Here you will find everything you need to learn Slovenian. As a language spoken by less than 3 million people from a country almost the size of New Jersey resources are not always easy to locate. I started learning Slovene a few years ago when I met my now husband. Today I live in Slovenia and my language learning is continuous.
In this article, you will find information about Slovenian as a language, how to learn Slovenian online, how to find a Slovenian language course in Ljubljana and abroad, useful language books, Slovene YouTube channels, and some tips that really helped me with my learning process.
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Slovenian Language Facts
-Even though it is spoken by about 2.3 million people in Slovenia there are 46 different dialects. Some argue it is one of the most diverse Slavic languages in the world.
-Slovene is one of the oldest written Slavic languages.
–Slovenian uses duality meaning they have specific words to describe not just one person or many people but also just two people or two things.
-Slovenian language has masculine, feminine, and neutral gendered words.
-During WWII Slovenian was prohibited from being used in public spaces in Slovenia and many Slovene books were burned.
-There are no curse words (kletvice) in Slovenian.
Je bela cesta – The road is white
Tristo kosmatih medvedov – Three hundred hairy bears
Is it Slovenian or Slovene?
I’ve already used Slovene and Slovenian above. So which is it? Either! They both mean the same thing and it is just personal preference.
Where is Slovenian spoken?
Primarily in Slovenia, a small country in central Europe surrounded by Austria, Italy, Croatia, and Hungary. It is also spoken by others in each of these countries along the borders. It is estimated that there are 2.5 million Slovenian speakers in the world.
The Slovenian alphabet (slovenska abeceda) has 25 latin letters
a, b, c, č, d, e, f, g, h, i, j, k, l, m, n, o, p, r, s, š, t, u, v, z, ž.
How to say thank you in Slovenian
Two of the most common phrases people want to know in Slovene is how to say thank you and I love you.
Thank you = Hvala (pronounce it so it rhymes with koala)
I love you = Rad te imam (Said by men) Rada te imam (said by women) this is a very familiar love like for family, friends, or things you might love, like pizza. For romantic love with your partner “Ljubim te” is used.
Hint: the J sound in Slovene is almost silent it is not pronounced like in “jam” or “justice”, image it more like a Y like in “young”
Below I will share some of my resources like dictionaries and translators, then language schools or courses, language learning apps, and share websites and blogs that are useful for the learning process. If I personally used a resource I will provide my honest experience with it, but because resources are so limited for Slovene I wanted to share as much as possible. Just because a method did not work for me doesn’t mean it won’t work for someone else. This is the tough thing about learning languages. There is no one size fits all.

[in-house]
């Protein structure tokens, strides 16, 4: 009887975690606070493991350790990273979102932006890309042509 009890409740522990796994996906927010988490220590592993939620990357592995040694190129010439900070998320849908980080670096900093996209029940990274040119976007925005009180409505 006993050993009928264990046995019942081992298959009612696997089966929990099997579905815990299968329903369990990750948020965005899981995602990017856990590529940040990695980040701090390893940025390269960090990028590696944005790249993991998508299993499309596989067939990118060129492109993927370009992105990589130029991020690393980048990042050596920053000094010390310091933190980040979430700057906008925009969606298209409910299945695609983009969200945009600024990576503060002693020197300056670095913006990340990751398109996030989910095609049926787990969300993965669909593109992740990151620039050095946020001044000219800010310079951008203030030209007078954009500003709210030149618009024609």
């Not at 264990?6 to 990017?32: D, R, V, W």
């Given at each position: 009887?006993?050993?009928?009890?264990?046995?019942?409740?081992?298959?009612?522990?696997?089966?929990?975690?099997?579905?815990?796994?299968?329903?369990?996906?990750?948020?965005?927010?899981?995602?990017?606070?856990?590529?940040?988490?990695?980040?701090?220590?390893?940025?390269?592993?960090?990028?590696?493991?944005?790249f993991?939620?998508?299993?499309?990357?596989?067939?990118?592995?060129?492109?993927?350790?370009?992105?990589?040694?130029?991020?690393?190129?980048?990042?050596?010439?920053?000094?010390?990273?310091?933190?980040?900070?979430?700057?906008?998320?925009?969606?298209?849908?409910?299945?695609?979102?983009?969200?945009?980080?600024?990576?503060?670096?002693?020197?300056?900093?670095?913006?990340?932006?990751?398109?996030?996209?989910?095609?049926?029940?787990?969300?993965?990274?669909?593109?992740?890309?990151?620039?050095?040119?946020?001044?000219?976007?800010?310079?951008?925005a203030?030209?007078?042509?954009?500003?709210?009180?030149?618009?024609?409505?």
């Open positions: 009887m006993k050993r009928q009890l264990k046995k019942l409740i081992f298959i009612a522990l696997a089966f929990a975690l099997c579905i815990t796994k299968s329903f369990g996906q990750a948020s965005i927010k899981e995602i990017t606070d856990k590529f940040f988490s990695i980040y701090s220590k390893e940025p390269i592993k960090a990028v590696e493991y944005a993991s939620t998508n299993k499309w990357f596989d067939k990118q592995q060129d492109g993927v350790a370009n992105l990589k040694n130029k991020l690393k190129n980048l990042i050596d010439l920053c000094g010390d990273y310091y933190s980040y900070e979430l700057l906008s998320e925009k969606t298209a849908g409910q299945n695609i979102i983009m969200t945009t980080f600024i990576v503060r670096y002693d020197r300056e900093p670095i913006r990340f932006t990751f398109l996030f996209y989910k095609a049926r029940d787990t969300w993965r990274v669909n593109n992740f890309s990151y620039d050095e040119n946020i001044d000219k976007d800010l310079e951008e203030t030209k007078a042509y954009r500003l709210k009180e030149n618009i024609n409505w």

Dictionaries and Other Slovenian Reference Materials
I will never forget the first week of my Slovenian course when I was upset that my homework was a mess, and I asked how did anyone finish it?! I was sitting there with my English-Slovene dictionary in hand and the other students look at me like I was from another planet. They were all using a dictionary app called PONS, and wow, life-changing. This is hands down the BEST dictionary for English-Slovene and I will challenge anyone who says otherwise. I use this app religiously on my phone and computer.
*Tip* Because this dictionary is so great you can enter a common word, for example, I searched jesti (to eat) and as you can see in the screenshot it gives me a few sentences with it in use. Because Slovenian can be so difficult with all of the cases (skloni) I found this to be a great way to find phrases and then save them on flashcards or in my notebook.
This suggestion might only work if you are in Slovenia, but I will suggest just trying your local library or university library wherever you are. Some times they are part of a larger network that can get books from other locations. Slovenian language books are really quite expensive. I recently joined my local library and they have a whole section for learning Slovenian and the librarians are more than happy to help.
Besana was a very valuable resource when I began learning Slovenian. Once on the site, you can enter a word, like the example given “hiša” (house), when you click “Pregibaj” the results will show you all of the forms of hiša for each case (sklon) for singular, dual, and plural.